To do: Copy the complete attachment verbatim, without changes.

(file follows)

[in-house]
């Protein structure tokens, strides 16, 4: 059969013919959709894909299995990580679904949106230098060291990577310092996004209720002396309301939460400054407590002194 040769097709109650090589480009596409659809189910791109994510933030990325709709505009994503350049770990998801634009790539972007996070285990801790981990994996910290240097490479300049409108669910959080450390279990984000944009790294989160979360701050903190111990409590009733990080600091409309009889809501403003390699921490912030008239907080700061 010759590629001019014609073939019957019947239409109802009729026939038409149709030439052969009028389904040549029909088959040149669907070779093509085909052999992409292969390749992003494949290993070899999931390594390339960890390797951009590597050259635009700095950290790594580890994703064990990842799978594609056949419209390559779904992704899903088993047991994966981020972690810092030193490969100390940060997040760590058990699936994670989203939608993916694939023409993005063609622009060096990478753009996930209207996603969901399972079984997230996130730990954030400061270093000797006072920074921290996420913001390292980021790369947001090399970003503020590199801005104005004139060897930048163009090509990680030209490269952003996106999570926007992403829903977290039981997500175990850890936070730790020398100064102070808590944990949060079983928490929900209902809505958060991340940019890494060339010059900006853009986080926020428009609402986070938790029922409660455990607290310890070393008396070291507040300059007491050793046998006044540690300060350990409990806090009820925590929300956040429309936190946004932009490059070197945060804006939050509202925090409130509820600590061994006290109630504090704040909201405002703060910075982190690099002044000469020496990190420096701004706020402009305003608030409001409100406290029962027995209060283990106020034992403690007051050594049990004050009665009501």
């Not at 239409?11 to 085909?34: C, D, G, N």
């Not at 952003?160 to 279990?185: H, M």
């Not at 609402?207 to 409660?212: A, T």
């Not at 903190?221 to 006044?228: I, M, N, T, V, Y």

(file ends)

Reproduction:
[in-house]
């Protein structure tokens, strides 16, 4: 059969013919959709894909299995990580679904949106230098060291990577310092996004209720002396309301939460400054407590002194 040769097709109650090589480009596409659809189910791109994510933030990325709709505009994503350049770990998801634009790539972007996070285990801790981990994996910290240097490479300049409108669910959080450390279990984000944009790294989160979360701050903190111990409590009733990080600091409309009889809501403003390699921490912030008239907080700061 010759590629001019014609073939019957019947239409109802009729026939038409149709030439052969009028389904040549029909088959040149669907070779093509085909052999992409292969390749992003494949290993070899999931390594390339960890390797951009590597050259635009700095950290790594580890994703064990990842799978594609056949419209390559779904992704899903088993047991994966981020972690810092030193490969100390940060997040760590058990699936994670989203939608993916694939023409993005063609622009060096990478753009996930209207996603969901399972079984997230996130730990954030400061270093000797006072920074921290996420913001390292980021790369947001090399970003503020590199801005104005004139060897930048163009090509990680030209490269952003996106999570926007992403829903977290039981997500175990850890936070730790020398100064102070808590944990949060079983928490929900209902809505958060991340940019890494060339010059900006853009986080926020428009609402986070938790029922409660455990607290310890070393008396070291507040300059007491050793046998006044540690300060350990409990806090009820925590929300956040429309936190946004932009490059070197945060804006939050509202925090409130509820600590061994006290109630504090704040909201405002703060910075982190690099002044000469020496990190420096701004706020402009305003608030409001409100406290029962027995209060283990106020034992403690007051050594049990004050009665009501």
């Not at 239409?11 to 085909?34: C, D, G, N």
């Not at 952003?160 to 279990?185: H, M």
């Not at 609402?207 to 409660?212: A, T």
């Not at 903190?221 to 006044?228: I, M, N, T, V, Y």